Digital accessibility is creating digital products, such as websites, digital content, etc., that is accessible to all.
It is about ensuring that all users have the same access to information, regardless of their disabilities.
Digital products must be designed keeping in mind the diverse needs, skills, and abilities of people. Accessibility is about inclusion and making sure that no one is excluded.
Digital accessibility is when everyone can perceive, navigate, interact, and communicate with the content present online.
The Web Content Accessibility Guidelines (WCAG) is the international accessibility standard. WCAG was established by the Web Accessibility Initiative (WAI), part of the World Wide Web Consortium (W3C).
It includes technical recommendations on how to make web content more accessible for people with disabilities.
WCAG defines defines content as information on a web page or web application. Including, text, images, and sounds, as well as coding and mark-up that defines the structure and presentation.
WCAG is the standard reference for most website accessibility-related legislation, including the Americans with Disability Act (ADA) in the US.
The WCAG has gone through several updates since it was first published in 1995.
There are four principles of web accessibility under the WCAG. The POUR principles are the foundations of content produced for the web and for anyone who wants to use it.
Each principle has testable success criteria. It is classified by three levels – A, AA, and AAA. Level A being the easiest and AAA the most challenging.
The information and elements of the user interface must be presented in a way that can be perceived by the senses so that nothing is undetectable or invisible.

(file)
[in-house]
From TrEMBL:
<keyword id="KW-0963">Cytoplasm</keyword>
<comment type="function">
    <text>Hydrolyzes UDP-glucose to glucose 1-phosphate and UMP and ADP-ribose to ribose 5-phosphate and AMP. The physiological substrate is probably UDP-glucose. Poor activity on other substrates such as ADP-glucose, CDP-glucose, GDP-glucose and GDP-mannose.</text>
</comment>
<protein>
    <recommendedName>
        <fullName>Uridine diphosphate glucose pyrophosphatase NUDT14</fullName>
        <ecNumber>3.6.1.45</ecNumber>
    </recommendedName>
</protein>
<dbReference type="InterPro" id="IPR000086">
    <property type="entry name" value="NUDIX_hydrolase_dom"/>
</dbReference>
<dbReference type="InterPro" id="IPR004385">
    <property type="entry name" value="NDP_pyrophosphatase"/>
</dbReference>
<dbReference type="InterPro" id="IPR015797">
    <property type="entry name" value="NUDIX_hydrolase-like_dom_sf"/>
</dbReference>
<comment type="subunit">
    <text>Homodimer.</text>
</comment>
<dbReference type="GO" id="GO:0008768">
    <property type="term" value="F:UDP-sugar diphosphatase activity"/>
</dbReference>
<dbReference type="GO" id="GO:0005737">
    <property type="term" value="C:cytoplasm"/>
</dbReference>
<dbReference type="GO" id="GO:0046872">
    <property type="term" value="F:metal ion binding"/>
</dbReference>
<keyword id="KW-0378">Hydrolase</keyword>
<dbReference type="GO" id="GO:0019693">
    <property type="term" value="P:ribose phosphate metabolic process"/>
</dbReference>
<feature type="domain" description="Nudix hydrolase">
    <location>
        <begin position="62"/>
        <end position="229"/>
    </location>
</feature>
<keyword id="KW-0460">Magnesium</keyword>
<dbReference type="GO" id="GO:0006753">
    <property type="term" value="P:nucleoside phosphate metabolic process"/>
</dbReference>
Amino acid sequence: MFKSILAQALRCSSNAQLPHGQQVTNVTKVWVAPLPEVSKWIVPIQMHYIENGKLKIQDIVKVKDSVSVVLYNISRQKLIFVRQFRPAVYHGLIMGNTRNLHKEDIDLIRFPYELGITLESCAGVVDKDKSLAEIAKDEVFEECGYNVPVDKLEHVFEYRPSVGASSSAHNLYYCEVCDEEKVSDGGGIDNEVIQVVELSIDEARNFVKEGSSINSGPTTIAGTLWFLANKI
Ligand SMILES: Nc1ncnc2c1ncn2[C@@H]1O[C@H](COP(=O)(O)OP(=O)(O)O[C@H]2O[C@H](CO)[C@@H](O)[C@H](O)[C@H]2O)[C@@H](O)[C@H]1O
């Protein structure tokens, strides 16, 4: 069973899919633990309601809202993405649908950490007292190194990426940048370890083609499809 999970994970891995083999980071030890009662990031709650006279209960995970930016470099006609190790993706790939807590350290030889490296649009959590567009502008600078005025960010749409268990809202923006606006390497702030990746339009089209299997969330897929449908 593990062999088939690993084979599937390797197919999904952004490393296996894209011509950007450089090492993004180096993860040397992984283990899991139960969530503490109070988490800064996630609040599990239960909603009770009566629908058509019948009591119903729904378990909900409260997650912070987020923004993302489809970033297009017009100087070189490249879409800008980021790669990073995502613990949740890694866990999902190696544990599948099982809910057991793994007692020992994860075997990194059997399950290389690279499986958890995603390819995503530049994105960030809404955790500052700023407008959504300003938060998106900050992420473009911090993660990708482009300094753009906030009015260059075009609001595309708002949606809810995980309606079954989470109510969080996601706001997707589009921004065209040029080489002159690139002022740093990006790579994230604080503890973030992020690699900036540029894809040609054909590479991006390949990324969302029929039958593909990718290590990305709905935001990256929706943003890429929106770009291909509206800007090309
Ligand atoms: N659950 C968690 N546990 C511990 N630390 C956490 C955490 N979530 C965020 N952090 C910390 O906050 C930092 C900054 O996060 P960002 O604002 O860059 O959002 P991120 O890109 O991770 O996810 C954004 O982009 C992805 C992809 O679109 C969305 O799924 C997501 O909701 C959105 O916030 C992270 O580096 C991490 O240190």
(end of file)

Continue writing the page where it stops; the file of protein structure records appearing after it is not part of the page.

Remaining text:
The interactive elements of an interface, such as controls, buttons, and navigation, should be operated physically by clicking, touching, swiping, and rolling. Alternatively, voice commands or other assistive devices like head wands and eye trackers should be provided.
Technology should be presented and used clearly and consistently, with predictable patterns of use and design. The end-user should understand the meaning and purpose of the information presented in the content while understanding the user flow and interaction of the interface.
Content must be robust to work reliably with a wide variety of technologies, including assistive devices.
The lack of any one of these four principles will make the web inaccessible to users with disabilities.
Why is Digital Accessibility Important?
At least 1 billion people worldwide live with some form of disability
The World Health Organization (WHO) reports that about 15% of the world’s population experiences disability, and the number of people with disabilities is expected to increase due to demographic trends and other factors.
In the United States, about 25% of adults live with a disability, and that doesn’t include people with situational disabilities Digital accessibility improves the experience for all of these users.
Globally, people with disabilities control about $6.9 trillion in disposable income
The American Institute for Research estimates that in the United States alone, people with disabilities have an estimated annual disposable income of about $490 billion.